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Toxic algae in Christchurch waterways

Wednesday, February 28, 2024   Posted in: Signatory Notice Board By: Administrator With tags: health, warning, waterways

Christchurch City Council Newsline: 26th February 2024

Keep your eyes peeled for potentially toxic algae in Christchurch waterways.

Every summer the toxic algae cyanobacteria appears in our waterways, and the recent bout of hot and dry weather has made it more prevalent than usual.

Christchurch City Council Head of Three Waters Brent Smith says the potentially toxic algae has been confirmed in at least one pond and could be present in others.

“Animals can get very sick if they ingest the algae, and dogs are naturally drawn to investigating its musty smell. If dogs lick or ingest the material it can be quick acting and fatal.” 

“Potentially toxic algae has recently been seen in Wigram Pond, but it’s important to remember that it can be present in any freshwater waterbody. So learn what to look out for, and if in doubt keep your dog away from the water,” Mr Smith says.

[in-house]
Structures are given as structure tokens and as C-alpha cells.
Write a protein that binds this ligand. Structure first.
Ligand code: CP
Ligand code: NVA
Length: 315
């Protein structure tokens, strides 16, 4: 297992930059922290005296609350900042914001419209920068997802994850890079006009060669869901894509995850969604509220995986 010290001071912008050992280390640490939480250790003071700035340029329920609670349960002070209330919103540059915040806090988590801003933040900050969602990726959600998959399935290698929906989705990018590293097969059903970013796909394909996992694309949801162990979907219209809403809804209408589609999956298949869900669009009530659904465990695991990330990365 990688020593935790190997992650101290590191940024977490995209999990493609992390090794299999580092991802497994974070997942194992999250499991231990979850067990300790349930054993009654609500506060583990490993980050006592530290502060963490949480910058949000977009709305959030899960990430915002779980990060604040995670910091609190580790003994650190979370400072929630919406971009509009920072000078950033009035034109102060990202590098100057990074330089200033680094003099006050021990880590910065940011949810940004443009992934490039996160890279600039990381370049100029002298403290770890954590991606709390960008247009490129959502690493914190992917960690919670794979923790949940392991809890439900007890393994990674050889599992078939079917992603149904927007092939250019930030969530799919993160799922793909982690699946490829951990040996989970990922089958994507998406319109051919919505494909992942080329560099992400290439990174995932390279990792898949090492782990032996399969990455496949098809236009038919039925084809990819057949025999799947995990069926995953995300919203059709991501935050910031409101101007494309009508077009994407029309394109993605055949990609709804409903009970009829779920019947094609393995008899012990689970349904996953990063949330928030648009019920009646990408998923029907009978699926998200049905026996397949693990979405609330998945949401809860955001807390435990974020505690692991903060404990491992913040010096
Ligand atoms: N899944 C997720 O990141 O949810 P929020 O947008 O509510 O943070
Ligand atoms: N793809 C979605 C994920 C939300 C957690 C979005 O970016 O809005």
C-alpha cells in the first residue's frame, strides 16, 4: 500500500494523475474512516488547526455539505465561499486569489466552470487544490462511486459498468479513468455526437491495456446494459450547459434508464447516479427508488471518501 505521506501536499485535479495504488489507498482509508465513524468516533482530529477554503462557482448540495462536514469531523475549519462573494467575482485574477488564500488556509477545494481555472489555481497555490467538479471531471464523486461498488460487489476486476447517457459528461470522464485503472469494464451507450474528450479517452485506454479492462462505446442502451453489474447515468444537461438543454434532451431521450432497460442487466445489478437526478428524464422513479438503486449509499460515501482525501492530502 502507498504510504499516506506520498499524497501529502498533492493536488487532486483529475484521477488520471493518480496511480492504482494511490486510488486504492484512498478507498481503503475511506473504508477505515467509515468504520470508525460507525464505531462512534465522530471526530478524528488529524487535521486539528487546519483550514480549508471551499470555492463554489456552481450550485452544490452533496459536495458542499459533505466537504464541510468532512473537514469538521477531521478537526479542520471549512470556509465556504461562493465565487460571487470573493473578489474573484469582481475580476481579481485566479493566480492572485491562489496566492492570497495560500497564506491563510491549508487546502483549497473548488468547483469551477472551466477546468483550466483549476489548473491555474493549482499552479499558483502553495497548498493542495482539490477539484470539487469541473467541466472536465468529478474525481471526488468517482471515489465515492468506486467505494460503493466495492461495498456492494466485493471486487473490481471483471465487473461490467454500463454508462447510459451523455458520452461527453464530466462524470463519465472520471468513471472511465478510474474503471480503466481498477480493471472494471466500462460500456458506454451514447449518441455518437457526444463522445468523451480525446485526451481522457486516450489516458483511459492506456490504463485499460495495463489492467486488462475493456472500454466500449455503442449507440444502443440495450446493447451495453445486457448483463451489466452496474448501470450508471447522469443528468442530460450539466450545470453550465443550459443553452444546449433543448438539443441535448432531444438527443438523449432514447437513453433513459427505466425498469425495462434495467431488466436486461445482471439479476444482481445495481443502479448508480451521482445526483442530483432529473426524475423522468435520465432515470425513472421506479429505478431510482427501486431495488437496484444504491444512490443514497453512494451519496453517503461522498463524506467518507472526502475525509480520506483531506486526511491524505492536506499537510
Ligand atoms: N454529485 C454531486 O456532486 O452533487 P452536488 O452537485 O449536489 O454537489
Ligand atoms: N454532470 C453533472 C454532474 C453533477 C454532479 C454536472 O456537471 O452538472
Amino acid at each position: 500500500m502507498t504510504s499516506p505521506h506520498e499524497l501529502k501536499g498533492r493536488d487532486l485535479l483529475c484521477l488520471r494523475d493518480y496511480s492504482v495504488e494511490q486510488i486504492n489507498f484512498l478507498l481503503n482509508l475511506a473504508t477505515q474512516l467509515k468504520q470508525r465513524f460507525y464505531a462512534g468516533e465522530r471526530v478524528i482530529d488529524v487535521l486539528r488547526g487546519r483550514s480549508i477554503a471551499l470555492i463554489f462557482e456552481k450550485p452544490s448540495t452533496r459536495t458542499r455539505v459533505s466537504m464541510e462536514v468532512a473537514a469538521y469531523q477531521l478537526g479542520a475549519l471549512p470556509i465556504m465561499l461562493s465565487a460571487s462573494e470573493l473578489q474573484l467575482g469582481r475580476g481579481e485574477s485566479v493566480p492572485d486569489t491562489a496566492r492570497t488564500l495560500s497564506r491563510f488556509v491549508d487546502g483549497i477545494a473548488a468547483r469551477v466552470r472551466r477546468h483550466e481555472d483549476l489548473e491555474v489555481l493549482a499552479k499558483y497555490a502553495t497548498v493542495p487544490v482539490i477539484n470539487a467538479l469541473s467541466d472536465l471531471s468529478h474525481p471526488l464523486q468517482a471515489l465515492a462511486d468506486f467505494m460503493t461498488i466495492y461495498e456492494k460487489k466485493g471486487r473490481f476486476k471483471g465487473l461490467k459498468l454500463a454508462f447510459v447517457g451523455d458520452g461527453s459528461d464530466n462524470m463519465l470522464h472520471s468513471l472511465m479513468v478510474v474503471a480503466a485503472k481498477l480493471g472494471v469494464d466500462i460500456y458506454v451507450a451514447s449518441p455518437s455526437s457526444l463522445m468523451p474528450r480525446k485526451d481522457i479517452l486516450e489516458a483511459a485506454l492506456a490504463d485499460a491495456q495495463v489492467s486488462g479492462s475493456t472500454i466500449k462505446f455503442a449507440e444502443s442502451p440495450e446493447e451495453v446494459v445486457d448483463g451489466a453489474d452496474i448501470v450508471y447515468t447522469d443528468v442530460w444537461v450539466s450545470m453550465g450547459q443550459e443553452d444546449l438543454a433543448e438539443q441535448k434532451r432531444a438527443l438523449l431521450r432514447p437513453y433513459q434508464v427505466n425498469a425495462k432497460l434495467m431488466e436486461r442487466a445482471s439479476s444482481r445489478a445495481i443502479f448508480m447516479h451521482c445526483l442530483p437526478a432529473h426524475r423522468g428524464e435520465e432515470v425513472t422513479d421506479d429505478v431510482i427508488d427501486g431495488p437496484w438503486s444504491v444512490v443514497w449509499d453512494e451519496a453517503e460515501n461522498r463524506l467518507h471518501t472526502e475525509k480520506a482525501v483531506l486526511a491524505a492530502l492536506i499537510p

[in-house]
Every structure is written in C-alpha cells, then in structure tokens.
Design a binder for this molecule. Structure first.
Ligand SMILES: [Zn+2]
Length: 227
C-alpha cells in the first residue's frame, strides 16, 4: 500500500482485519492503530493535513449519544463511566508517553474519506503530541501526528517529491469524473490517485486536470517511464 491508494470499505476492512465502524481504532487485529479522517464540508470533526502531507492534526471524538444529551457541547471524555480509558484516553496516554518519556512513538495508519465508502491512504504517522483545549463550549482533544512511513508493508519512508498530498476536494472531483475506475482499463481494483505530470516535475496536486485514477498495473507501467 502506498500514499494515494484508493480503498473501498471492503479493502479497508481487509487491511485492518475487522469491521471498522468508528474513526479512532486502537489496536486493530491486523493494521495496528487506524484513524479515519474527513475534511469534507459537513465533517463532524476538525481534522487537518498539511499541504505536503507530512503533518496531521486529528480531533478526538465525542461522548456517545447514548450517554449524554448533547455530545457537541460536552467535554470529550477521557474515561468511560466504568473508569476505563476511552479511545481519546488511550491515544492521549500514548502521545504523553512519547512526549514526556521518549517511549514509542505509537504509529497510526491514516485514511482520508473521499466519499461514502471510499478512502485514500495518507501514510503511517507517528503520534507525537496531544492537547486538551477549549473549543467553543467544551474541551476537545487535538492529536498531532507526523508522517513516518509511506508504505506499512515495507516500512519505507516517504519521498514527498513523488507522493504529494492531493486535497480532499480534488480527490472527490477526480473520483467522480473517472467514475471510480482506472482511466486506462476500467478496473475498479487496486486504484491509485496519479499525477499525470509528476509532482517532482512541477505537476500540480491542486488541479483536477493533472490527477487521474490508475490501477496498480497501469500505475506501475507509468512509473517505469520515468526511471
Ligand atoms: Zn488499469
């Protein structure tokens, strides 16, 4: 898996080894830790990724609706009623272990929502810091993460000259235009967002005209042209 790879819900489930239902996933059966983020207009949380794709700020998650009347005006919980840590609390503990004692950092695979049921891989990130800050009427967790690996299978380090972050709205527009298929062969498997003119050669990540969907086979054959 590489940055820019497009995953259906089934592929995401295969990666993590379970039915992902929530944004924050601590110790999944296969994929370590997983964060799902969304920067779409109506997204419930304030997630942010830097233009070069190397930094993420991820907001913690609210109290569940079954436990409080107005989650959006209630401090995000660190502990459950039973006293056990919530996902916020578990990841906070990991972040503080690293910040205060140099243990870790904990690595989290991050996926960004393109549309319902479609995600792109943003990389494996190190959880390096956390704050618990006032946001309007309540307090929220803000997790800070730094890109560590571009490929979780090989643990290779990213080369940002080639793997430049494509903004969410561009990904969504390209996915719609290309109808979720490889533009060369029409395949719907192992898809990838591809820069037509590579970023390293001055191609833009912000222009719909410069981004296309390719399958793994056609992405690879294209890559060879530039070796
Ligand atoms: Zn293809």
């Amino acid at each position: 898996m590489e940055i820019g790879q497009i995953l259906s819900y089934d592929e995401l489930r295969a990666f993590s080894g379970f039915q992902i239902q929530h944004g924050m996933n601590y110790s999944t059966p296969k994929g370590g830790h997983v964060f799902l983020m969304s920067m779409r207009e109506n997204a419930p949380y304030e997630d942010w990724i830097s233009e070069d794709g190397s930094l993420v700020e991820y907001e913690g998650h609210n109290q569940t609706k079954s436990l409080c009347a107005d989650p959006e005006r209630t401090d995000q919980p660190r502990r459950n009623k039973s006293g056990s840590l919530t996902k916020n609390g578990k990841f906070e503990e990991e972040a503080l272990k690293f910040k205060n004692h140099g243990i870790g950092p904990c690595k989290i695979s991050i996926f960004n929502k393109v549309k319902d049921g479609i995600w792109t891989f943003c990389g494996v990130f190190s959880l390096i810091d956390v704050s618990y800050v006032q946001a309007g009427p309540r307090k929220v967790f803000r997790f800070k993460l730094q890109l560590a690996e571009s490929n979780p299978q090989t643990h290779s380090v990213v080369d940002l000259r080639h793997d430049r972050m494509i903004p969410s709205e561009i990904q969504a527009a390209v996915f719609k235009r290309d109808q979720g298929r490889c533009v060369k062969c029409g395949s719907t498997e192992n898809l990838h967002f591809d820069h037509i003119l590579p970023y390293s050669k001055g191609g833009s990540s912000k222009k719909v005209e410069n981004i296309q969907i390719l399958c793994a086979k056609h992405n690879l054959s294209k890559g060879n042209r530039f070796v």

The algae typically presents in rivers as dark brown or black mats, with a slimy or velvety texture and a musty smell.  The algae can make water look cloudy, discoloured, or like it has small globules in it.

Learn more about cyanobacteria (Environment Canterbury).

Te Mana Ora | Community and Public Health has issued public health warnings for potentially toxic algae at a number of places in Canterbury.

Cyanobacteria poisoning symptoms

Symptoms of cyanobacteria toxin poisoning in animals include lethargy, muscle tremors, fast breathing, twitching, paralysis, and convulsions. If you suspect your dog is suffering from cyanobacteria poisoning, contact your vet immediately. 

Humans who have been in contact with water containing cyanobacteria may experience tingling or numbness around the fingertips and/or mouth, breathing difficulty, gastrointestinal symptoms, or skin rashes. If you feel any of these symptoms after contact with a waterbody, seek medical advice from your doctor or contact Healthline on 0800 611 116.